Congressman Don Young (R-Alaska) and Congressman Walter B. Jones (R-North Carolina) have cosponsored a bill to prevent President Barack Obama, or any future president, from unilaterally designating offshore areas as "national monuments" and restricting the public's ability to fish there. The Marine Access and State Transparency (MAST) Act would require a president to get the approval of Congress and the legislature of each state within 100 nautical miles of the monument before any "monument" designation could take effect.

The bill comes in response to increasing speculation that President Obama may follow the example of his predecessor George W. Bush and unilaterally designate large swaths of coastal America as "national monuments." In 2006, President Bush short-circuited the established process of public consultation and input and unilaterally designated 84 million acres off the coast of the Northwest Hawaiian Islands as a national monument. The new monument, which is larger than 46 of America's 50 states, was then closed to fishing.


"Presidents from both parties have abused their monument designation authority for far too long," said Congressman Jones. "No president should be allowed to just lock up millions of acres of fishing grounds by fiat, with no public input whatsoever. Frankly, it's un-American, and it must be stopped. I am proud to be the first member of Congress to join my friend Don Young in fighting for this legislation, and I urge the rest of my colleagues to get behind it."

Recruiters of Young Farmers, Fishermen Face Same Issues

An organizer working to recruit more young people into farming says the individual attributes and community efforts needed to bring these folks on board are also key to recruiting new blood into the rigorous work of commercial fisheries.

That advice from Severine von Tscharner Fleming, director of the Greenhorns, came during the first Homer Halibut Festival this past weekend in Homer, Alaska.

“We are interested in a different system that orients the wealth more locally, that ships the product less far, that makes use of a broader range of products and processes, a more diverse use of the landscape and one that is sustainable and sustaining for the producers,” Fleming said in an interview during a community fish fry hosted by the Alaska Marine Conservation Council on the Homer Spit.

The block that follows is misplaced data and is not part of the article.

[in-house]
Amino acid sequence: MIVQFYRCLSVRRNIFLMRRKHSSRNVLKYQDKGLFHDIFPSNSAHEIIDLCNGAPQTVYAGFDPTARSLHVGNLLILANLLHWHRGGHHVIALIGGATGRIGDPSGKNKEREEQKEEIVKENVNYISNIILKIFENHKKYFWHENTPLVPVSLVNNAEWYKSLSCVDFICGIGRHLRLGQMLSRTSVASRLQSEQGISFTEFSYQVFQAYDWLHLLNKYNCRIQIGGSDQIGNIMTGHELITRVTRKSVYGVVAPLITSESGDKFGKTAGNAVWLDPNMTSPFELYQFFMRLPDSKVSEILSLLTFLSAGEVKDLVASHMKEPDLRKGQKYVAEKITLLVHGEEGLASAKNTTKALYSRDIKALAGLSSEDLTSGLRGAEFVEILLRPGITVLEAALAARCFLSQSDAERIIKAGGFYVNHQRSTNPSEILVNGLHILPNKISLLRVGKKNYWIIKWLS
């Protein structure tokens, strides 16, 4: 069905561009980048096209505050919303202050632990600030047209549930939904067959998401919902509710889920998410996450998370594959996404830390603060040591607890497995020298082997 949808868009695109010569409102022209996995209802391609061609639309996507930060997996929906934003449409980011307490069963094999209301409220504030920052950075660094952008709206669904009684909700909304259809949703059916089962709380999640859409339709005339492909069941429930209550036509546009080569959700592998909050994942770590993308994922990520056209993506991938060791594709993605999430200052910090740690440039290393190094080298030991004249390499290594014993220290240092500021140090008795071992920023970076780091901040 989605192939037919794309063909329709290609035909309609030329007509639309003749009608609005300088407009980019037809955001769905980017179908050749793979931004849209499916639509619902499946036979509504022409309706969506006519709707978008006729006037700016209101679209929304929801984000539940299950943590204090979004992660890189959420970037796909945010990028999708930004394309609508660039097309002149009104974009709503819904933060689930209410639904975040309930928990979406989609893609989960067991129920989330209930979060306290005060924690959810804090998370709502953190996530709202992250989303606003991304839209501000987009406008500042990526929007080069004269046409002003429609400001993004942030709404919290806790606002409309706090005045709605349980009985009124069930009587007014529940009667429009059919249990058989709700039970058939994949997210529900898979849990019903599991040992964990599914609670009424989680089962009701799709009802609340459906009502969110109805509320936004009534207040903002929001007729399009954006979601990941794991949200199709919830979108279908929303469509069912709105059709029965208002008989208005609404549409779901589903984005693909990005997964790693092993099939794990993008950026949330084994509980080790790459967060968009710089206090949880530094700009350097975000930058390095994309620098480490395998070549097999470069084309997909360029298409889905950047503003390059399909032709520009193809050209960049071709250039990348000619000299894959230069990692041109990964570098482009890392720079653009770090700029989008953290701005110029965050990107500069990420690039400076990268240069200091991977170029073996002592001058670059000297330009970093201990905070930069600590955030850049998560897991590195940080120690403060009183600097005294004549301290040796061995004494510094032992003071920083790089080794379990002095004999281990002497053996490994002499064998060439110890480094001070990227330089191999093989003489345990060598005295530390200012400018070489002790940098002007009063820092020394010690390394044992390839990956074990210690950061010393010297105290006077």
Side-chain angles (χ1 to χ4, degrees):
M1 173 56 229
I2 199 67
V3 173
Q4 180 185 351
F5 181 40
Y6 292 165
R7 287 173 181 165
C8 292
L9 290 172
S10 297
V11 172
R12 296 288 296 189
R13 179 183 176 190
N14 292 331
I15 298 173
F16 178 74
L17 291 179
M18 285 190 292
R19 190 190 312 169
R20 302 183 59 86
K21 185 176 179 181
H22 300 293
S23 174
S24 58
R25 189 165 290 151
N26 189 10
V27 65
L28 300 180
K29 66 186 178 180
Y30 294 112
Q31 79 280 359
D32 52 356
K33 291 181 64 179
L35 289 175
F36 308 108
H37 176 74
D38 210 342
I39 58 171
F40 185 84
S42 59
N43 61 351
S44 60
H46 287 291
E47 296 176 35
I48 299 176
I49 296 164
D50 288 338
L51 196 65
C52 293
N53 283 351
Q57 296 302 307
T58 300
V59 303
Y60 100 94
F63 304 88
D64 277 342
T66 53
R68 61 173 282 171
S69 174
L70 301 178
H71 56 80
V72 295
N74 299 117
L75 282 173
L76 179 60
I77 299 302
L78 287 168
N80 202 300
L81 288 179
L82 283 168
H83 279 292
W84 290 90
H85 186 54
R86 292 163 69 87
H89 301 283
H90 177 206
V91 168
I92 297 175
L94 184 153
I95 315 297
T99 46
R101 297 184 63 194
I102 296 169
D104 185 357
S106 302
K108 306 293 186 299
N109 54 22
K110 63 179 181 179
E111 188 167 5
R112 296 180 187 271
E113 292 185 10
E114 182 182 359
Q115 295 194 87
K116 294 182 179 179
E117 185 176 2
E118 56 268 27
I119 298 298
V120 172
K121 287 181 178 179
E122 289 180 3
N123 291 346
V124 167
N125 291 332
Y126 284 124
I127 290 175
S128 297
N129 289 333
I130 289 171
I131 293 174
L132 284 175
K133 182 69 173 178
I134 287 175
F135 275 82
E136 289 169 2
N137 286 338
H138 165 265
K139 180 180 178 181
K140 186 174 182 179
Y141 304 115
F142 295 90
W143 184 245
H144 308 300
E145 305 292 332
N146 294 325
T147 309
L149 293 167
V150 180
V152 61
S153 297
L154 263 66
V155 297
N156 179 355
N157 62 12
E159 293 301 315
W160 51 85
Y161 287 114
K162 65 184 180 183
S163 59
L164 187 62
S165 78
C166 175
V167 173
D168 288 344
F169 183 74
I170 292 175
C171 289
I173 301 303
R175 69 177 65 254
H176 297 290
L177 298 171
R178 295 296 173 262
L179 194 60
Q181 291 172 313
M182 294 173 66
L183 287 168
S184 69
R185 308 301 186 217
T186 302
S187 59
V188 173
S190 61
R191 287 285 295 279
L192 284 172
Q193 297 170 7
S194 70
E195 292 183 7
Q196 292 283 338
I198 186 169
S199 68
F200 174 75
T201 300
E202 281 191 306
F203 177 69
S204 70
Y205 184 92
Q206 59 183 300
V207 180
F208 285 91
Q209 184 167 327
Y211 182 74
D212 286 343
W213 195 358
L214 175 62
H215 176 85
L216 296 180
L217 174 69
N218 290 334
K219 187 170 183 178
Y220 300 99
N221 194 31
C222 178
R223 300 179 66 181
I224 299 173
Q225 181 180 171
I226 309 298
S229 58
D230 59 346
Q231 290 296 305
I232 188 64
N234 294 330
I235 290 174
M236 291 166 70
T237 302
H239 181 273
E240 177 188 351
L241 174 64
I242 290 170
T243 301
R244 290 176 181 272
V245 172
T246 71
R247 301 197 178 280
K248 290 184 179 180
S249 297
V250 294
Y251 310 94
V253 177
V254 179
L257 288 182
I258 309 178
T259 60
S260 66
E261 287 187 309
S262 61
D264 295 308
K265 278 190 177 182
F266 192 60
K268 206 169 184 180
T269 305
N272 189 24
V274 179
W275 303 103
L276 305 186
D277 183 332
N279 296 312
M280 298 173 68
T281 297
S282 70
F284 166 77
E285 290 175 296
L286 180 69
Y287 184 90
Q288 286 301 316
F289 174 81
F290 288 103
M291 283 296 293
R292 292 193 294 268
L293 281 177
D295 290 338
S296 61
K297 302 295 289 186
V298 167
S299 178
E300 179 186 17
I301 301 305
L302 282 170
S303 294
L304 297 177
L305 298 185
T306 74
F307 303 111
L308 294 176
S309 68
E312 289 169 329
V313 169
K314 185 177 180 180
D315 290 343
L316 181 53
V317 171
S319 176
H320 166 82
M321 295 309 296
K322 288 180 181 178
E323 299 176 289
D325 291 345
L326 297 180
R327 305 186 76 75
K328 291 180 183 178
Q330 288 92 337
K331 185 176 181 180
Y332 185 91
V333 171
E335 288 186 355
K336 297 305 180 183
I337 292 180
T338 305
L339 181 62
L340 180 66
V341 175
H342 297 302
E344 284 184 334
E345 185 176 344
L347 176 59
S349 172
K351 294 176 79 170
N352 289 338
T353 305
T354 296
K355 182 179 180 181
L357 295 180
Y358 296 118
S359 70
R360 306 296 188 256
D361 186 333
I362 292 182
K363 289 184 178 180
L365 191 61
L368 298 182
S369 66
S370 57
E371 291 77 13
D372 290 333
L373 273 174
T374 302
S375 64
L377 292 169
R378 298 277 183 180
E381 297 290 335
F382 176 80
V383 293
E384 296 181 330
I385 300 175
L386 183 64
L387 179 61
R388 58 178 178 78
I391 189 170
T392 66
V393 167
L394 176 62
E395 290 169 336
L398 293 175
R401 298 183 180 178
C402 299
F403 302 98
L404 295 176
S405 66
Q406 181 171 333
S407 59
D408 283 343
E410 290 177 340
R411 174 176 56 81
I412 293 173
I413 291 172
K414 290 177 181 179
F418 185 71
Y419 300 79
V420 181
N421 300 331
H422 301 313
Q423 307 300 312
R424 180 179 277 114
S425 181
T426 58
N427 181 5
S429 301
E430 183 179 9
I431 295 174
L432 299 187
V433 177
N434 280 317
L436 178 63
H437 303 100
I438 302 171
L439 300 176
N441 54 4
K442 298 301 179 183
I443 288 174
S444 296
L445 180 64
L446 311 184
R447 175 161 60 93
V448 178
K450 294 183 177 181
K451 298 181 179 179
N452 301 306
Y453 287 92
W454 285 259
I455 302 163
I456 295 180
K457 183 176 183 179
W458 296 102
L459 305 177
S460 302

“On an individual basis it does a lot of good to have a certain amount of charisma, and to be deeply determined, have a very strong work ethic, a high level of stamina, independent mindedness, opportunism, but that’s on an individual basis,” she said.

“As a community, we benefit from working together and what’s certainly proven true within the young farmer’s movement has been the towns and clusters of towns that figure out how to work together, how to cooperate.”

Fleming’s message to young fish harvesters, she said, is the power of sharing knowledge, infrastructure, and the ritual and culture of their profession to strengthen the group as a whole. “And when the consumer knows they are going to get a higher quality product and they can rely on that, and they have had a good experience, it accelerates how quickly that consumer can go from an occasional buyer of local food to a dedicated buyer of local food,” she said.

The festival got under way on Sept. 19 with panel discussions at Homer’s Islands and Ocean Visitor Center, with speakers representing the International Pacific Halibut Commission, the Alaska Seafood Marketing Institute, the charter boat industry and the Alaska Department of Fish and Game.